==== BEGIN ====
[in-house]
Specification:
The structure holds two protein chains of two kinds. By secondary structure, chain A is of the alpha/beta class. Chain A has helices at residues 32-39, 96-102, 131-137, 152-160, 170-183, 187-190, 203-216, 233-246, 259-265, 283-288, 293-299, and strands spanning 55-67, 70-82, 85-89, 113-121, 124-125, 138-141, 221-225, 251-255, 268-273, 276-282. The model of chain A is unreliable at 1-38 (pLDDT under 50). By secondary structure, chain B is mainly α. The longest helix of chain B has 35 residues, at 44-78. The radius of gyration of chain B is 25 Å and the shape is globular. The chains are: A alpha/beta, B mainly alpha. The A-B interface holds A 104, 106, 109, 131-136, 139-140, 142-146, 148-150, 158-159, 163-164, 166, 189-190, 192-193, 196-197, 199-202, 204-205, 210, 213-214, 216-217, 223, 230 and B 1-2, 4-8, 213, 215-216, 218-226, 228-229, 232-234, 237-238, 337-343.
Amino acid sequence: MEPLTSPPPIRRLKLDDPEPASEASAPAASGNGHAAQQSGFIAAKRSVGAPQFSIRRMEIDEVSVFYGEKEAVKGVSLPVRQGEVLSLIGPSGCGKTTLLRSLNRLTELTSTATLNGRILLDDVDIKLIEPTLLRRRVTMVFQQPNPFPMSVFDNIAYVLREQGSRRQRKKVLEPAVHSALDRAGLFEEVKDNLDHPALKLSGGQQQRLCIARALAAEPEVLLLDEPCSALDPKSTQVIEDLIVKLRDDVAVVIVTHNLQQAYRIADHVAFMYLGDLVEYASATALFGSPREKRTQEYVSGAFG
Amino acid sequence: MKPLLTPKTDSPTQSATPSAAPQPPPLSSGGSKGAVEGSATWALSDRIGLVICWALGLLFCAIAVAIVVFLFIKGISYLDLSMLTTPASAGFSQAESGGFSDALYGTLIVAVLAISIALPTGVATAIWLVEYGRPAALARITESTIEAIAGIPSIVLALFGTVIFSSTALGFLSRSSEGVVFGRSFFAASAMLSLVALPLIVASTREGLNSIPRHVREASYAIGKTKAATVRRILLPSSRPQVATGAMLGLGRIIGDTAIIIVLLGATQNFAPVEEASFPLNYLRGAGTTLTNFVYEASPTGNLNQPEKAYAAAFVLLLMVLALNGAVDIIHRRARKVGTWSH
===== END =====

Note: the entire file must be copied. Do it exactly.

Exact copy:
[in-house]
Specification:
The structure holds two protein chains of two kinds. By secondary structure, chain A is of the alpha/beta class. Chain A has helices at residues 32-39, 96-102, 131-137, 152-160, 170-183, 187-190, 203-216, 233-246, 259-265, 283-288, 293-299, and strands spanning 55-67, 70-82, 85-89, 113-121, 124-125, 138-141, 221-225, 251-255, 268-273, 276-282. The model of chain A is unreliable at 1-38 (pLDDT under 50). By secondary structure, chain B is mainly α. The longest helix of chain B has 35 residues, at 44-78. The radius of gyration of chain B is 25 Å and the shape is globular. The chains are: A alpha/beta, B mainly alpha. The A-B interface holds A 104, 106, 109, 131-136, 139-140, 142-146, 148-150, 158-159, 163-164, 166, 189-190, 192-193, 196-197, 199-202, 204-205, 210, 213-214, 216-217, 223, 230 and B 1-2, 4-8, 213, 215-216, 218-226, 228-229, 232-234, 237-238, 337-343.
Amino acid sequence: MEPLTSPPPIRRLKLDDPEPASEASAPAASGNGHAAQQSGFIAAKRSVGAPQFSIRRMEIDEVSVFYGEKEAVKGVSLPVRQGEVLSLIGPSGCGKTTLLRSLNRLTELTSTATLNGRILLDDVDIKLIEPTLLRRRVTMVFQQPNPFPMSVFDNIAYVLREQGSRRQRKKVLEPAVHSALDRAGLFEEVKDNLDHPALKLSGGQQQRLCIARALAAEPEVLLLDEPCSALDPKSTQVIEDLIVKLRDDVAVVIVTHNLQQAYRIADHVAFMYLGDLVEYASATALFGSPREKRTQEYVSGAFG
Amino acid sequence: MKPLLTPKTDSPTQSATPSAAPQPPPLSSGGSKGAVEGSATWALSDRIGLVICWALGLLFCAIAVAIVVFLFIKGISYLDLSMLTTPASAGFSQAESGGFSDALYGTLIVAVLAISIALPTGVATAIWLVEYGRPAALARITESTIEAIAGIPSIVLALFGTVIFSSTALGFLSRSSEGVVFGRSFFAASAMLSLVALPLIVASTREGLNSIPRHVREASYAIGKTKAATVRRILLPSSRPQVATGAMLGLGRIIGDTAIIIVLLGATQNFAPVEEASFPLNYLRGAGTTLTNFVYEASPTGNLNQPEKAYAAAFVLLLMVLALNGAVDIIHRRARKVGTWSH